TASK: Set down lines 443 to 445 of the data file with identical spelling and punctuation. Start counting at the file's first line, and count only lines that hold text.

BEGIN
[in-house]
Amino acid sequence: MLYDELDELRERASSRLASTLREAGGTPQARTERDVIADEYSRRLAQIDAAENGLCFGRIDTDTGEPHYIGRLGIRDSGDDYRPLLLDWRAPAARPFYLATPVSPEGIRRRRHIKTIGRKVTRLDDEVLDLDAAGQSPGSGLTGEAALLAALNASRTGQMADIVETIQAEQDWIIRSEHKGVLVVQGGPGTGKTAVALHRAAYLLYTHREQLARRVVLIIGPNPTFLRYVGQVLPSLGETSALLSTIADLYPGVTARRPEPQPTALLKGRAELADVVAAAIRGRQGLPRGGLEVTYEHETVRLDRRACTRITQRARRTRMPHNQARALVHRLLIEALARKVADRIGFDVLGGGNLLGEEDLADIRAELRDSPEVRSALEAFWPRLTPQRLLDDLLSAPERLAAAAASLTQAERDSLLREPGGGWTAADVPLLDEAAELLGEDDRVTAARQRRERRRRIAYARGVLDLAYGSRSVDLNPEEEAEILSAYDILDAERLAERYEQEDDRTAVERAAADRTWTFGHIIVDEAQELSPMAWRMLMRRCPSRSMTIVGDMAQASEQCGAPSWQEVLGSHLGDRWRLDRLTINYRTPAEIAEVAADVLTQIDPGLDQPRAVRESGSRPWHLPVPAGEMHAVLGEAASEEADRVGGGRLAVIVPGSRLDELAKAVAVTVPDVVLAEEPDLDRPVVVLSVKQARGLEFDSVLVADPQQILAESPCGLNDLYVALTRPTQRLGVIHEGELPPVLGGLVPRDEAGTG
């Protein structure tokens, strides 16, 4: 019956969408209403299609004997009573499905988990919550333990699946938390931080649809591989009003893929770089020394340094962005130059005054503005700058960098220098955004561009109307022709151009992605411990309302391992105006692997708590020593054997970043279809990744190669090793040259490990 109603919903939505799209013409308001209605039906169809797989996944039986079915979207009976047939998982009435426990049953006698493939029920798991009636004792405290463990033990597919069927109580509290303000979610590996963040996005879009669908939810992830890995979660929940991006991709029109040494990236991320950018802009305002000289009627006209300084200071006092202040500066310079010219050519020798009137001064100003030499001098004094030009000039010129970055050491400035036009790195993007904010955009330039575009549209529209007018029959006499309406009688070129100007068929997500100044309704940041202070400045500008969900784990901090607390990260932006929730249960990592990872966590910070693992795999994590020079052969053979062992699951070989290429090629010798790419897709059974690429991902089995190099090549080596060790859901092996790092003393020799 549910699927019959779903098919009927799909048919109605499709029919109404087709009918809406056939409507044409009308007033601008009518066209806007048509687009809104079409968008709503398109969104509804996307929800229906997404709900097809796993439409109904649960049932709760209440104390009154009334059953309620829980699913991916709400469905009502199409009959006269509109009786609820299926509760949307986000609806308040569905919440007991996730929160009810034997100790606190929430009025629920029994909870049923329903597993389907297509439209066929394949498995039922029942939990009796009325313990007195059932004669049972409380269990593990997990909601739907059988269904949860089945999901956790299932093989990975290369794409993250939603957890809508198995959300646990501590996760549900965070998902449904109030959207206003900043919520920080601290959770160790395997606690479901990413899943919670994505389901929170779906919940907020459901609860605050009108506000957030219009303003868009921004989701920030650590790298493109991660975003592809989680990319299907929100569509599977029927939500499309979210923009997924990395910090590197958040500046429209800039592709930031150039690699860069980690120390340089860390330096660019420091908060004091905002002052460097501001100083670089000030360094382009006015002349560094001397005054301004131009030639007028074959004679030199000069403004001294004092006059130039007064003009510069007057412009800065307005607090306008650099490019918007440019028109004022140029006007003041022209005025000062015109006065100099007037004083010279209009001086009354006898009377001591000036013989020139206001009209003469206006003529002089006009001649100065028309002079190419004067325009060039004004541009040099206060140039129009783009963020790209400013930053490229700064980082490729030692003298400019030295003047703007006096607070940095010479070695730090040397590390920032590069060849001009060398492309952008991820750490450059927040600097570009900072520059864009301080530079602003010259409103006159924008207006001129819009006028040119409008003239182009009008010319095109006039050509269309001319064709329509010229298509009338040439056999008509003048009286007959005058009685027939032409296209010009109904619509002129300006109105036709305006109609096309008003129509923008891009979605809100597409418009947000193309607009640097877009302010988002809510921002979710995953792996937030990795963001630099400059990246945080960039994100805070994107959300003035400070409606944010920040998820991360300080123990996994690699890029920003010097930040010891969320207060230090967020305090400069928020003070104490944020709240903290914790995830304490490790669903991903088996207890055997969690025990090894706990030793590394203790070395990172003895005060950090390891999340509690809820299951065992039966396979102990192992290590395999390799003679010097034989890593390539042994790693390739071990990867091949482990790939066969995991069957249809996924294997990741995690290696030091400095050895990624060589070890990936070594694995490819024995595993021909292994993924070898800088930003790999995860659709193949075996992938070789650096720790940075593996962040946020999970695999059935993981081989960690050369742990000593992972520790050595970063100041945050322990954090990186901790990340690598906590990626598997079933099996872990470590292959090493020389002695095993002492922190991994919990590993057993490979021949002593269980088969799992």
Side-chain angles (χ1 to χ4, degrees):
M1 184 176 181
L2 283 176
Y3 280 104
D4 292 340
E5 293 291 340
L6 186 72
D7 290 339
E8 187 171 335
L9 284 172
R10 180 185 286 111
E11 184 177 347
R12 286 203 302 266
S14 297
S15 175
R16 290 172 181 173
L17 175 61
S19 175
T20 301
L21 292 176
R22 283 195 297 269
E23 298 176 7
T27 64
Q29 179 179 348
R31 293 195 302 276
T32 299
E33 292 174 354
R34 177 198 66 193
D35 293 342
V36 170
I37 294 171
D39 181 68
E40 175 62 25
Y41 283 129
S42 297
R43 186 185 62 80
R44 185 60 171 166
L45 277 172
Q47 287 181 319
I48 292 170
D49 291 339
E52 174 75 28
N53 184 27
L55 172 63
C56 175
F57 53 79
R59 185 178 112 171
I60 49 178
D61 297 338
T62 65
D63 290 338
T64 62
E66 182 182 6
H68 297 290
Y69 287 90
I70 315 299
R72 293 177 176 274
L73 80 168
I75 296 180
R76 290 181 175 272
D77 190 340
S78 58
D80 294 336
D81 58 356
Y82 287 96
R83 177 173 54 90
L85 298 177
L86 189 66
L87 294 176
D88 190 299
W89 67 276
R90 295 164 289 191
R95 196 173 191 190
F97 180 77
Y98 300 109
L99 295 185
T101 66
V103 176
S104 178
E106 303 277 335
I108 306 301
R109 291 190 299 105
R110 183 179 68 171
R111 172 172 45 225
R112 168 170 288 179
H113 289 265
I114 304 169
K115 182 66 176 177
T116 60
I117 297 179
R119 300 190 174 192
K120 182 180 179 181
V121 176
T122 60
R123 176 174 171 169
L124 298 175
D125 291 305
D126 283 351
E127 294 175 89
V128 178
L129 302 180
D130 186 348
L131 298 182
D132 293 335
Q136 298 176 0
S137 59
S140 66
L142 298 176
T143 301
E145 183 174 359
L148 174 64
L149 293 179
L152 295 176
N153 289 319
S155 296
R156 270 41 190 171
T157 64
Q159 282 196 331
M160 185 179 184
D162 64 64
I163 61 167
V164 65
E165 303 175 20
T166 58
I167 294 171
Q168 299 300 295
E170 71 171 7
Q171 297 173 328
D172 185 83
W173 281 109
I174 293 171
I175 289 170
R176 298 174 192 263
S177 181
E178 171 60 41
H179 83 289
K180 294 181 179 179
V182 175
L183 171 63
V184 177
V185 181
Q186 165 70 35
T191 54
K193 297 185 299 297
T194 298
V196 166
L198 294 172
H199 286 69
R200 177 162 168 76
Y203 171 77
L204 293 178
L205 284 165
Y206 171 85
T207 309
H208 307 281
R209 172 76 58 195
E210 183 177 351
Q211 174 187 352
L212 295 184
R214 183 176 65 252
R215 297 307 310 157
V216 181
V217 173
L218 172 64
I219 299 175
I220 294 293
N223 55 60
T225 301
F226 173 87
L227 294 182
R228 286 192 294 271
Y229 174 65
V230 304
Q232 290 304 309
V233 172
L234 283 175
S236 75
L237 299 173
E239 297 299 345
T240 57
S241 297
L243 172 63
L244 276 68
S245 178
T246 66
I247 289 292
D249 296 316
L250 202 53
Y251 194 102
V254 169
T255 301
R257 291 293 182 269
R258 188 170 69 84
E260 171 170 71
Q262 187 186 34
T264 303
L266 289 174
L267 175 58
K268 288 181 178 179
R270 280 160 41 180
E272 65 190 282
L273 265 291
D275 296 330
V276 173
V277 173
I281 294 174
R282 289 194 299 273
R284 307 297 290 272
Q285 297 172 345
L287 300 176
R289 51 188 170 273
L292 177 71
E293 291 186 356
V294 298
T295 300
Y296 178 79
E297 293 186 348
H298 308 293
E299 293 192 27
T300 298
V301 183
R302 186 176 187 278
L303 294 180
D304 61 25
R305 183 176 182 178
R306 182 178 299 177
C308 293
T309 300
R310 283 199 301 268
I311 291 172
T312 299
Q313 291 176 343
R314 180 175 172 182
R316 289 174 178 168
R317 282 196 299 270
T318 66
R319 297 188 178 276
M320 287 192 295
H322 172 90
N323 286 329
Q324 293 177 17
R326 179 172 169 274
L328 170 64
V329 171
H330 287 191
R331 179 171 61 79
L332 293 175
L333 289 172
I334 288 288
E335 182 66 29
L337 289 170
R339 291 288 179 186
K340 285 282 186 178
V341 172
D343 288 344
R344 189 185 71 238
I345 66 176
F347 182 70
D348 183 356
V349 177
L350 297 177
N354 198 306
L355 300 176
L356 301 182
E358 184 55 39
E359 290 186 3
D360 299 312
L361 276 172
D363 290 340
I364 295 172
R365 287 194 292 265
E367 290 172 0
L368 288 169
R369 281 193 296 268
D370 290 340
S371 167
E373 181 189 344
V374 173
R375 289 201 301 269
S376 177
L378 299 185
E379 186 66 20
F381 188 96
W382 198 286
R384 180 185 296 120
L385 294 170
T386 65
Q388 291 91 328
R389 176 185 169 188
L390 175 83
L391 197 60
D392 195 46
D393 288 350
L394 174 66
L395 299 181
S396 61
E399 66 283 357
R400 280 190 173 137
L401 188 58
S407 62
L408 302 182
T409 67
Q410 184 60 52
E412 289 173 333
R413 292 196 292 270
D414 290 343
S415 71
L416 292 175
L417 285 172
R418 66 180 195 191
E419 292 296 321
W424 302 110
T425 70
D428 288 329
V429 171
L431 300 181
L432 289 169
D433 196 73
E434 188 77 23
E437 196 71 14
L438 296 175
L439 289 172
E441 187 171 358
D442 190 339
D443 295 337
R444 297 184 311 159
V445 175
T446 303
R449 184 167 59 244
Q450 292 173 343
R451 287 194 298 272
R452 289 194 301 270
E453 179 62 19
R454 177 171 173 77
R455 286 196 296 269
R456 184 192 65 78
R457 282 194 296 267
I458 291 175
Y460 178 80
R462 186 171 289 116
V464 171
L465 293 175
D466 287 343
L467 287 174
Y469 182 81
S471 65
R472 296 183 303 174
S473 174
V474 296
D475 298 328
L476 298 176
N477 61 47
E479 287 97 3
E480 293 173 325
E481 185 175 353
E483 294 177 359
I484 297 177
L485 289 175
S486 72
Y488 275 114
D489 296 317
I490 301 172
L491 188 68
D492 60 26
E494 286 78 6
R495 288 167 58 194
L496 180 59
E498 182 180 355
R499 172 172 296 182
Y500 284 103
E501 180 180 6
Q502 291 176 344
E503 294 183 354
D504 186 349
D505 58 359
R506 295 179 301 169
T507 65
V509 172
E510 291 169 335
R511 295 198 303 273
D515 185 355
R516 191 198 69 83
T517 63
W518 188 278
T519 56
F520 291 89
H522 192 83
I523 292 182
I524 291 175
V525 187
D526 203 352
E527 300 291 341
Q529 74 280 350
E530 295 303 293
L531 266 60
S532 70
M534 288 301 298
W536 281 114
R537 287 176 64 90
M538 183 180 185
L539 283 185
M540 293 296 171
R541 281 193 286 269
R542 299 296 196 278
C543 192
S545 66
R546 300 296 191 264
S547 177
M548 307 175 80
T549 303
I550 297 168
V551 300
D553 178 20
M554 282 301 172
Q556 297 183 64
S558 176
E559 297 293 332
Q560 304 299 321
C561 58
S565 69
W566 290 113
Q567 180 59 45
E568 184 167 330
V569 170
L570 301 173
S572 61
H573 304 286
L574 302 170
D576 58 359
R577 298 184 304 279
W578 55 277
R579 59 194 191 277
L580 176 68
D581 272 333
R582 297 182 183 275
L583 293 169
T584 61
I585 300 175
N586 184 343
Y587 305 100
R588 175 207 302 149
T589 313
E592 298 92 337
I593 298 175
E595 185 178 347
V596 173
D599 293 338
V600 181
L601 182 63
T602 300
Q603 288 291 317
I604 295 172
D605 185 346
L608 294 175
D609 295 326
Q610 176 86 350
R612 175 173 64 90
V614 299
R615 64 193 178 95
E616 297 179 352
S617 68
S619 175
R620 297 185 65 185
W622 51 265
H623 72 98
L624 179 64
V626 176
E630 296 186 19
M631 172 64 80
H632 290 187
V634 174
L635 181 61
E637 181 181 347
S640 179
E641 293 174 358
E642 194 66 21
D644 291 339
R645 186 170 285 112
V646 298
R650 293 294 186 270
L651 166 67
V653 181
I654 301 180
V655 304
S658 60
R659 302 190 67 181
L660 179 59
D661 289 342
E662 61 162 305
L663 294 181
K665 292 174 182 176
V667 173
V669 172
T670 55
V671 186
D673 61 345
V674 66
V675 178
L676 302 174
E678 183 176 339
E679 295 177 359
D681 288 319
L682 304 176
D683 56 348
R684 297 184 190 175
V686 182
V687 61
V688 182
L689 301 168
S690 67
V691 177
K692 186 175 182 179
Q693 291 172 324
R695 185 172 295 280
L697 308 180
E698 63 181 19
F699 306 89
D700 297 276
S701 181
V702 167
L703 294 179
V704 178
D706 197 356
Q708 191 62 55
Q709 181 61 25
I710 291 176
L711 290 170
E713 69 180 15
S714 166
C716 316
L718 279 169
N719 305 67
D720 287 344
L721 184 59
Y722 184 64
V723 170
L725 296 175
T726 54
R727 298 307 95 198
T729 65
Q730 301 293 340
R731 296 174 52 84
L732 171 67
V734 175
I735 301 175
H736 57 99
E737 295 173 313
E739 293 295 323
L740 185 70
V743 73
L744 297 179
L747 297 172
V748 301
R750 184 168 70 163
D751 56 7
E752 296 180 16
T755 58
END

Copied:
Y587 305 100
R588 175 207 302 149
T589 313